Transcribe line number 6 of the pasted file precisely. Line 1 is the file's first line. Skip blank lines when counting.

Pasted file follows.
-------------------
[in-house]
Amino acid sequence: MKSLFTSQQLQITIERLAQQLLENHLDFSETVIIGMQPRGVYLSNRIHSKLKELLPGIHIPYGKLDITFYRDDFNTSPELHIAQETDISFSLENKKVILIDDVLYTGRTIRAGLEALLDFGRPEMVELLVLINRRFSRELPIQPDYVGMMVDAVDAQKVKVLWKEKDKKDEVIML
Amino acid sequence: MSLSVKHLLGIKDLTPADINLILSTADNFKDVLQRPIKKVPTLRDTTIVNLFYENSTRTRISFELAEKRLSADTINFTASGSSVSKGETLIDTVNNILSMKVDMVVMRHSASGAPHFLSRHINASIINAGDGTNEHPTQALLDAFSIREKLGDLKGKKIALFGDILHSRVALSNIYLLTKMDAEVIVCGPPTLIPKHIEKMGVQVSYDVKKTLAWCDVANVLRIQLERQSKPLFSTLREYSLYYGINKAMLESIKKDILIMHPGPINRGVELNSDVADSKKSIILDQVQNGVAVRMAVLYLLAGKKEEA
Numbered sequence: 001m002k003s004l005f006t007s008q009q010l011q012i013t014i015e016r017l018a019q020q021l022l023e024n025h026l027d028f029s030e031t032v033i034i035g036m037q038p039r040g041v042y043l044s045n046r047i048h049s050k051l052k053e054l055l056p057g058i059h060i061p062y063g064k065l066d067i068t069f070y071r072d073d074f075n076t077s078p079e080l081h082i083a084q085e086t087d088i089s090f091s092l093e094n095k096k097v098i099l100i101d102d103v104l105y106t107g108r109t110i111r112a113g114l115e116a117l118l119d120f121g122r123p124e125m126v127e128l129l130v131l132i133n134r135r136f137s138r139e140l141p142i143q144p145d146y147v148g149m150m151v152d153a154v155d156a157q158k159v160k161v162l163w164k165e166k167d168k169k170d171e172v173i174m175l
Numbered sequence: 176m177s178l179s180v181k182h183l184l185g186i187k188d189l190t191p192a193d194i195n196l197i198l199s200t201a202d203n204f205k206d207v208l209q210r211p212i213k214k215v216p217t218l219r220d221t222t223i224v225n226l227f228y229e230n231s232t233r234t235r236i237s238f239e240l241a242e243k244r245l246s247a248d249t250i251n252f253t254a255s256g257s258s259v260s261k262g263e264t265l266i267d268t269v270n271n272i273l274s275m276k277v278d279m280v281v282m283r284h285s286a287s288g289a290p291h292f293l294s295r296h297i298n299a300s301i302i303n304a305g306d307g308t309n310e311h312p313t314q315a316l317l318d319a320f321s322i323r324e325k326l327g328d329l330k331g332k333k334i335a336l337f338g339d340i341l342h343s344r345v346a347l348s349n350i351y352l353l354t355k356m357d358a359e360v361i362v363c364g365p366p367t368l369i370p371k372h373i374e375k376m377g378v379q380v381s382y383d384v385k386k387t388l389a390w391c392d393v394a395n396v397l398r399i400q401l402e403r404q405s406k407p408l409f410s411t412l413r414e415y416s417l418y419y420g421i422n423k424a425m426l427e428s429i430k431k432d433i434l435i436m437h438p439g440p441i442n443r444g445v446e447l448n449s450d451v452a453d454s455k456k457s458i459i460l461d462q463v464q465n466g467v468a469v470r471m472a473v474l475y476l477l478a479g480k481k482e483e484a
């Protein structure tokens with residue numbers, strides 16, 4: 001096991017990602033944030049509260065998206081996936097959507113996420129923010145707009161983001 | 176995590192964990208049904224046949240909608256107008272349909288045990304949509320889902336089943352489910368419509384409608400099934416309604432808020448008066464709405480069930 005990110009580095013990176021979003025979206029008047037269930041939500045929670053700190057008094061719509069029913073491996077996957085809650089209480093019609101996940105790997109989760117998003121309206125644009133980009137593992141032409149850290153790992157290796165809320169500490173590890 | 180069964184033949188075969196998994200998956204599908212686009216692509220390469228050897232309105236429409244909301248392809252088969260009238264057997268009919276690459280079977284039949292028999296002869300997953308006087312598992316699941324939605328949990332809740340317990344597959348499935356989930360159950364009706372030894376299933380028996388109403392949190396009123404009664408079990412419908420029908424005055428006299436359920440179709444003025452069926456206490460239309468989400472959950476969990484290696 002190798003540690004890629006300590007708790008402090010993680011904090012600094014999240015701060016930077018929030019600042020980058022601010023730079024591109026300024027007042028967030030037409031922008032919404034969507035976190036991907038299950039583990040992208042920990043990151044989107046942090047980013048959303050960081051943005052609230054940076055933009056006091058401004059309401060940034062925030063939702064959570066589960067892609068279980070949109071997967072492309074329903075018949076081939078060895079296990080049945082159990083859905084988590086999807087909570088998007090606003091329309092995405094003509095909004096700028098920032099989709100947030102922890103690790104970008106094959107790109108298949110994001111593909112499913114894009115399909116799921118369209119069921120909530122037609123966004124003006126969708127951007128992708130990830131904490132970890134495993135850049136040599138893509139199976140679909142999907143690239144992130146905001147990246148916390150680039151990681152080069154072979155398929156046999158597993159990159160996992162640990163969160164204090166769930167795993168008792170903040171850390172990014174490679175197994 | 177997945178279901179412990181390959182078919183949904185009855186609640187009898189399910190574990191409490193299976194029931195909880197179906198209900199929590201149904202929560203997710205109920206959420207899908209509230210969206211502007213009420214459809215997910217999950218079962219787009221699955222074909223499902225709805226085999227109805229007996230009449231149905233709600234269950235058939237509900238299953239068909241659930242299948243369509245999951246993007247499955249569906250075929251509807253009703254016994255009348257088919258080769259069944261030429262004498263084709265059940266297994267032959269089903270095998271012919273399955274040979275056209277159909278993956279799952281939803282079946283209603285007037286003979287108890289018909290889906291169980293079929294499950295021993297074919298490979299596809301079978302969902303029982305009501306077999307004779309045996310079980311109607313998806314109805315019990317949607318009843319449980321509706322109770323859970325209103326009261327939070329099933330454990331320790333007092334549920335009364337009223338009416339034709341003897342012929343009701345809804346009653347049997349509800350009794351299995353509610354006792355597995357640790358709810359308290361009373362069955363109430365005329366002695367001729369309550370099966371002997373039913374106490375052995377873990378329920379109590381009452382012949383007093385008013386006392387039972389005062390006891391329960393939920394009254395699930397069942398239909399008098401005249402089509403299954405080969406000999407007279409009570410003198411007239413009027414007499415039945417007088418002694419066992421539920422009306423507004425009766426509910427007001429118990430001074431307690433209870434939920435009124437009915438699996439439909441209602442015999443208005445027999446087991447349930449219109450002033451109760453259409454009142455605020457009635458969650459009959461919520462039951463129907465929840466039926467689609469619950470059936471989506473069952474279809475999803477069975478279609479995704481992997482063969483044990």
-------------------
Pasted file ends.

């Protein structure tokens with residue numbers, strides 16, 4: 001096991017990602033944030049509260065998206081996936097959507113996420129923010145707009161983001 | 176995590192964990208049904224046949240909608256107008272349909288045990304949509320889902336089943352489910368419509384409608400099934416309604432808020448008066464709405480069930 005990110009580095013990176021979003025979206029008047037269930041939500045929670053700190057008094061719509069029913073491996077996957085809650089209480093019609101996940105790997109989760117998003121309206125644009133980009137593992141032409149850290153790992157290796165809320169500490173590890 | 180069964184033949188075969196998994200998956204599908212686009216692509220390469228050897232309105236429409244909301248392809252088969260009238264057997268009919276690459280079977284039949292028999296002869300997953308006087312598992316699941324939605328949990332809740340317990344597959348499935356989930360159950364009706372030894376299933380028996388109403392949190396009123404009664408079990412419908420029908424005055428006299436359920440179709444003025452069926456206490460239309468989400472959950476969990484290696 002190798003540690004890629006300590007708790008402090010993680011904090012600094014999240015701060016930077018929030019600042020980058022601010023730079024591109026300024027007042028967030030037409031922008032919404034969507035976190036991907038299950039583990040992208042920990043990151044989107046942090047980013048959303050960081051943005052609230054940076055933009056006091058401004059309401060940034062925030063939702064959570066589960067892609068279980070949109071997967072492309074329903075018949076081939078060895079296990080049945082159990083859905084988590086999807087909570088998007090606003091329309092995405094003509095909004096700028098920032099989709100947030102922890103690790104970008106094959107790109108298949110994001111593909112499913114894009115399909116799921118369209119069921120909530122037609123966004124003006126969708127951007128992708130990830131904490132970890134495993135850049136040599138893509139199976140679909142999907143690239144992130146905001147990246148916390150680039151990681152080069154072979155398929156046999158597993159990159160996992162640990163969160164204090166769930167795993168008792170903040171850390172990014174490679175197994 | 177997945178279901179412990181390959182078919183949904185009855186609640187009898189399910190574990191409490193299976194029931195909880197179906198209900199929590201149904202929560203997710205109920206959420207899908209509230210969206211502007213009420214459809215997910217999950218079962219787009221699955222074909223499902225709805226085999227109805229007996230009449231149905233709600234269950235058939237509900238299953239068909241659930242299948243369509245999951246993007247499955249569906250075929251509807253009703254016994255009348257088919258080769259069944261030429262004498263084709265059940266297994267032959269089903270095998271012919273399955274040979275056209277159909278993956279799952281939803282079946283209603285007037286003979287108890289018909290889906291169980293079929294499950295021993297074919298490979299596809301079978302969902303029982305009501306077999307004779309045996310079980311109607313998806314109805315019990317949607318009843319449980321509706322109770323859970325209103326009261327939070329099933330454990331320790333007092334549920335009364337009223338009416339034709341003897342012929343009701345809804346009653347049997349509800350009794351299995353509610354006792355597995357640790358709810359308290361009373362069955363109430365005329366002695367001729369309550370099966371002997373039913374106490375052995377873990378329920379109590381009452382012949383007093385008013386006392387039972389005062390006891391329960393939920394009254395699930397069942398239909399008098401005249402089509403299954405080969406000999407007279409009570410003198411007239413009027414007499415039945417007088418002694419066992421539920422009306423507004425009766426509910427007001429118990430001074431307690433209870434939920435009124437009915438699996439439909441209602442015999443208005445027999446087991447349930449219109450002033451109760453259409454009142455605020457009635458969650459009959461919520462039951463129907465929840466039926467689609469619950470059936471989506473069952474279809475999803477069975478279609479995704481992997482063969483044990």